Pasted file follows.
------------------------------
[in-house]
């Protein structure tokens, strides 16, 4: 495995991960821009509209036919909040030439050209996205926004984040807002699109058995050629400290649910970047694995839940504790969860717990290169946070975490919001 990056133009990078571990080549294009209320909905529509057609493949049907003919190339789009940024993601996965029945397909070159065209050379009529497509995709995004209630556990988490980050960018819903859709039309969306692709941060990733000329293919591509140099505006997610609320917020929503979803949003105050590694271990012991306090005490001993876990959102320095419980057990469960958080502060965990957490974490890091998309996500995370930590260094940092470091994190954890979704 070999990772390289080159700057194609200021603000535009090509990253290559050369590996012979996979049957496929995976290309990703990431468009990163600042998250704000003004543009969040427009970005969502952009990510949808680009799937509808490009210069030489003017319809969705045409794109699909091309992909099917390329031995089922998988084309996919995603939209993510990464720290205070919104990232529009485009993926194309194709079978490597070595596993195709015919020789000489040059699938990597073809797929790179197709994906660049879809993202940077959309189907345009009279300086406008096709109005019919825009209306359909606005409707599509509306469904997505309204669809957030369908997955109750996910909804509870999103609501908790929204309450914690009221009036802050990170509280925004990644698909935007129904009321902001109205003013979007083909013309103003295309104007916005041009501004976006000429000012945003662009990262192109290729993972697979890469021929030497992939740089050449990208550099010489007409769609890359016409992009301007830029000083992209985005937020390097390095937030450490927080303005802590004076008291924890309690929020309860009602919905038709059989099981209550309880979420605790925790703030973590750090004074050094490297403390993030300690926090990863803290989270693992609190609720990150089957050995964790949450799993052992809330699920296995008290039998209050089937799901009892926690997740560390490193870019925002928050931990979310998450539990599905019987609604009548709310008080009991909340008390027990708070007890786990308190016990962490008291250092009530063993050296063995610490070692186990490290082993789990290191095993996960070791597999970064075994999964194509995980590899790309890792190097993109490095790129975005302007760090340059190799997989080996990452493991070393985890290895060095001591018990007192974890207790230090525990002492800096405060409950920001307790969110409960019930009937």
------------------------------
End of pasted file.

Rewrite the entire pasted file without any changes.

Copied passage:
[in-house]
């Protein structure tokens, strides 16, 4: 495995991960821009509209036919909040030439050209996205926004984040807002699109058995050629400290649910970047694995839940504790969860717990290169946070975490919001 990056133009990078571990080549294009209320909905529509057609493949049907003919190339789009940024993601996965029945397909070159065209050379009529497509995709995004209630556990988490980050960018819903859709039309969306692709941060990733000329293919591509140099505006997610609320917020929503979803949003105050590694271990012991306090005490001993876990959102320095419980057990469960958080502060965990957490974490890091998309996500995370930590260094940092470091994190954890979704 070999990772390289080159700057194609200021603000535009090509990253290559050369590996012979996979049957496929995976290309990703990431468009990163600042998250704000003004543009969040427009970005969502952009990510949808680009799937509808490009210069030489003017319809969705045409794109699909091309992909099917390329031995089922998988084309996919995603939209993510990464720290205070919104990232529009485009993926194309194709079978490597070595596993195709015919020789000489040059699938990597073809797929790179197709994906660049879809993202940077959309189907345009009279300086406008096709109005019919825009209306359909606005409707599509509306469904997505309204669809957030369908997955109750996910909804509870999103609501908790929204309450914690009221009036802050990170509280925004990644698909935007129904009321902001109205003013979007083909013309103003295309104007916005041009501004976006000429000012945003662009990262192109290729993972697979890469021929030497992939740089050449990208550099010489007409769609890359016409992009301007830029000083992209985005937020390097390095937030450490927080303005802590004076008291924890309690929020309860009602919905038709059989099981209550309880979420605790925790703030973590750090004074050094490297403390993030300690926090990863803290989270693992609190609720990150089957050995964790949450799993052992809330699920296995008290039998209050089937799901009892926690997740560390490193870019925002928050931990979310998450539990599905019987609604009548709310008080009991909340008390027990708070007890786990308190016990962490008291250092009530063993050296063995610490070692186990490290082993789990290191095993996960070791597999970064075994999964194509995980590899790309890792190097993109490095790129975005302007760090340059190799997989080996990452493991070393985890290895060095001591018990007192974890207790230090525990002492800096405060409950920001307790969110409960019930009937």